48. Thanks for nice article. It would be great if you can cover rice oil as well, since it’s publicly touted as “the health oil” (see http://www.californiariceoil.com/healthbenefits.htm). E.g. in one health-conscientious gourmet buffet I know they use rice oil for all cooking and salads (and don’t even have the olive oil anymore).

  49. Mark,

    Any recommendations for an oil to use in a countertop deep fryer? I had been using peanut oil, since it seemed “healthier” than the alternatives. The directions say not to use a solid fat, such as shortening or lard, which somewhat rules out coconut oil.

    1. “the directions”? What directions? Solid fats tend to be more saturated, therefore have less PUFA and less potential for oxidation etc. I use coconut oil, lard, beef tallow or duck fat for high heat cooking

    2. Throw out and burn those instructions. Lard or tallow are the best fats for ANY deep frier

  50. so olive oil for salads, I used to use it for stir frys too… are you saying that avacado oil or coconut oil would be better?

  51. I’ve just bought some Vitamin D3 tablets – the only ones I can find on this entire island [Tenerife] are a soybean based oil gel caps [2000iu].

    Do I skip supplementation because of this?

  52. I love coconut oil. Another benefit it has is the lauric acid content, which kills lipid coated viruses

  53. I have a question about the grape seed oil. I bought a bottle of it yesterday, and from the back the breakdown of fats is as follows. In 1 tbsp, there is a total of 14g of fat:
    2 g saturated fat
    1.5 g PUFA
    10 g MUFA

    So it’s mostly MUFA…should be great to use then, right?

    Also, I can’t seem to find coconut oil anywhere. 🙁 I live in the Chicago area and I don’t frequent different types of stores all that often, but in four different ones I’ve been, I haven’t found any…

  54. Hmm..I have a bottle of “Saffola” safflower oil at home, but its fat distribution is different from what you have above.

    According to the nutrition facts on the bottle, it’s mostly MUFA with a bit of PUFA. I looked online and according to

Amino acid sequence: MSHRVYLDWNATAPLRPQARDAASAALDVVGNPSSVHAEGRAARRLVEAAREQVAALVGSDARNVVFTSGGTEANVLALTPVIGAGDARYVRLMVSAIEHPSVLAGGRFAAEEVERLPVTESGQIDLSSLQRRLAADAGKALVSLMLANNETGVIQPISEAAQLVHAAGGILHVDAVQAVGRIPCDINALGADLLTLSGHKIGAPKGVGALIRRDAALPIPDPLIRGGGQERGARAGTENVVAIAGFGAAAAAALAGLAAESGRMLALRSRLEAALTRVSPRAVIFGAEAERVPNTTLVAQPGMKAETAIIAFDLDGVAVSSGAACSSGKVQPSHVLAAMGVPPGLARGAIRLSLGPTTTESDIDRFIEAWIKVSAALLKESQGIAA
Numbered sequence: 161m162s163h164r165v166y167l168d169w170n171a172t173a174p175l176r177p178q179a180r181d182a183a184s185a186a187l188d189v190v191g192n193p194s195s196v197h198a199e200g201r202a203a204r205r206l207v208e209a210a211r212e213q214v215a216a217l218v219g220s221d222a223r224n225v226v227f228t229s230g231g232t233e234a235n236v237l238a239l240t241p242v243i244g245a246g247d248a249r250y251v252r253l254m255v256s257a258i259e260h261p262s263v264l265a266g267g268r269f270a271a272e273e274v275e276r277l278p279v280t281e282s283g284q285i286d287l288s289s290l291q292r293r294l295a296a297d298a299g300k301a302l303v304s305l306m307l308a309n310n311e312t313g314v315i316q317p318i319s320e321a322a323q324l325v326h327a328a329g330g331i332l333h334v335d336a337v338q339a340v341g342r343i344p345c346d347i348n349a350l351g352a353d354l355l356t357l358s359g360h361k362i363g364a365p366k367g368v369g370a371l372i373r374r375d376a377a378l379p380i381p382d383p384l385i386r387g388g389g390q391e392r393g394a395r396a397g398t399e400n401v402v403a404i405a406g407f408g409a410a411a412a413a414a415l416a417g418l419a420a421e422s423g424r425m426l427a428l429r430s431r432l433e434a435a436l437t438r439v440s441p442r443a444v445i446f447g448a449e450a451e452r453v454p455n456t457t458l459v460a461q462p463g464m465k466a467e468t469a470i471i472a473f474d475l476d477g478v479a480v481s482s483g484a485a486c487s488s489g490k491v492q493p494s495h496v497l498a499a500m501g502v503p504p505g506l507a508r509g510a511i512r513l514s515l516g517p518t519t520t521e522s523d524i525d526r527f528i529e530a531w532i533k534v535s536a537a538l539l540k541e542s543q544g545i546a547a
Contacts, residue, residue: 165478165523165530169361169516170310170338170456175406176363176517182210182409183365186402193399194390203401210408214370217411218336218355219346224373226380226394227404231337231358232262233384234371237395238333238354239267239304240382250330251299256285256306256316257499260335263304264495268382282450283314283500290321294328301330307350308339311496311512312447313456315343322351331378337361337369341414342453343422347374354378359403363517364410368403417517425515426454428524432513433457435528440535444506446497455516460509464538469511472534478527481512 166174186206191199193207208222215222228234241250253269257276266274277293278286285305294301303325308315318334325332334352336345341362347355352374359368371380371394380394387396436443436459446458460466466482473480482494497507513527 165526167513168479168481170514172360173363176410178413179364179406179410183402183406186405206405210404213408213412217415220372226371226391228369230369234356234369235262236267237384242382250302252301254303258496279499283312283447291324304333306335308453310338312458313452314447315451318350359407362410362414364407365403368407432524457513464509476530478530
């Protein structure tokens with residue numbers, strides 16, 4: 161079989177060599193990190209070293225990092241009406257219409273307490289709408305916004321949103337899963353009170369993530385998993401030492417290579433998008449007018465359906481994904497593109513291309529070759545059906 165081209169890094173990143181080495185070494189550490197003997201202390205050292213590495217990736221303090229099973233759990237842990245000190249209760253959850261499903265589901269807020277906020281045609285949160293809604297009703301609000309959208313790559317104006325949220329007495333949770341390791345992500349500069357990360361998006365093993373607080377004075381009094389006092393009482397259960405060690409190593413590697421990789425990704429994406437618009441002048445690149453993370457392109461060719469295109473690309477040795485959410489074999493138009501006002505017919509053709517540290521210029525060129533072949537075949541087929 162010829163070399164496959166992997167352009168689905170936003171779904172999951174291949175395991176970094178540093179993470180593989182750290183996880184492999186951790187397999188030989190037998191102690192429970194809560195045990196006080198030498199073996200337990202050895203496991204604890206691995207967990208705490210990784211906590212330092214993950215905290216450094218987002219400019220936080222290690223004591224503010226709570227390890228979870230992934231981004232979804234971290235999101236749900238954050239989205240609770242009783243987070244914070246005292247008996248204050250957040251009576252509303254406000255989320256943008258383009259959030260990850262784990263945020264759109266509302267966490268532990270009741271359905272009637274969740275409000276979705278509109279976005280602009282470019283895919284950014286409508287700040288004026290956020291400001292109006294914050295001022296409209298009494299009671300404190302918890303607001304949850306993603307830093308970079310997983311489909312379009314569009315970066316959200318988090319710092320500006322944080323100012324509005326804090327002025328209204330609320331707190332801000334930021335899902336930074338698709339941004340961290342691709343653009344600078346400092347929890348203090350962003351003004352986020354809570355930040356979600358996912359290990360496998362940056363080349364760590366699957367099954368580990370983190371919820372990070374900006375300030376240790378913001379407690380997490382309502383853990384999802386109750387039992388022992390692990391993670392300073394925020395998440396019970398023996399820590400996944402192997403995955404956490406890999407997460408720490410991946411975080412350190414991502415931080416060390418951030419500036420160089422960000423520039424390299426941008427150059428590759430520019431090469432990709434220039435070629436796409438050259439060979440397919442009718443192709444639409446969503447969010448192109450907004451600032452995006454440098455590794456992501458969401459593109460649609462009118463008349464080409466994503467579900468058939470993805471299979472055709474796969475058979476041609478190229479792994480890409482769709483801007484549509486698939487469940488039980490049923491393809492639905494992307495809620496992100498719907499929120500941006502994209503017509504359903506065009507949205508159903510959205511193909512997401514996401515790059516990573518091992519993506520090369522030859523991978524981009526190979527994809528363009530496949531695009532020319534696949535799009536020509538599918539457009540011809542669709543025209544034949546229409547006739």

http://nutritiondata.self.com/facts/fats-and-oils/574/2
    it also shows that safflower oil has pretty good ratios.

    This means that safflower oil is not a bad choice to eat right?

  55. I am a bit confused about the difference between “conjugated linoleic acid” which is good and “linoleic acid” which is not.

    I purchased a supplement of CLA and discovered its derived from safflower oil, which my first reaction to say this is bad PUFAs. When is CLA ok? Is CLA from beef different from CLA from plants?

  56. I usually keep Olive, Toasted Sesame and Sunflower oil in my kitchen.

    I use coconut milk often, but have never tried coconut oil, so I’ll have to give that a go.

    I’m wondering what you would recommend as a high-heat low-taste oil to replace sunflower. I currently use it whenever I would use butter but don’t want the taste in my dish.

    As a side note:

    All of my oils are the Spectrum brand, minimally processed if at all and the olive (which is the only one I buy in a large enough quantity to worry about it keeping) comes in a very dark green bottle. They only have a three month shelf-life once opened so I can’t forget about the bottle and pull it out months later to use like I just bought it, but that’s to be expected from things that aren’t processed to hell and back. I can smell and taste the difference between this brand and all the others I’ve tried. While it is a bit more expensive it’s a good value compared to other oils of similar quality.

  57. I really appreciate your article. we have struggled with what oil to use for cooking. we are very health concerned and read labels, and I am always on line looking up ingredients in foods. so thanks for your article. we will look for coconut oil in our supermarket.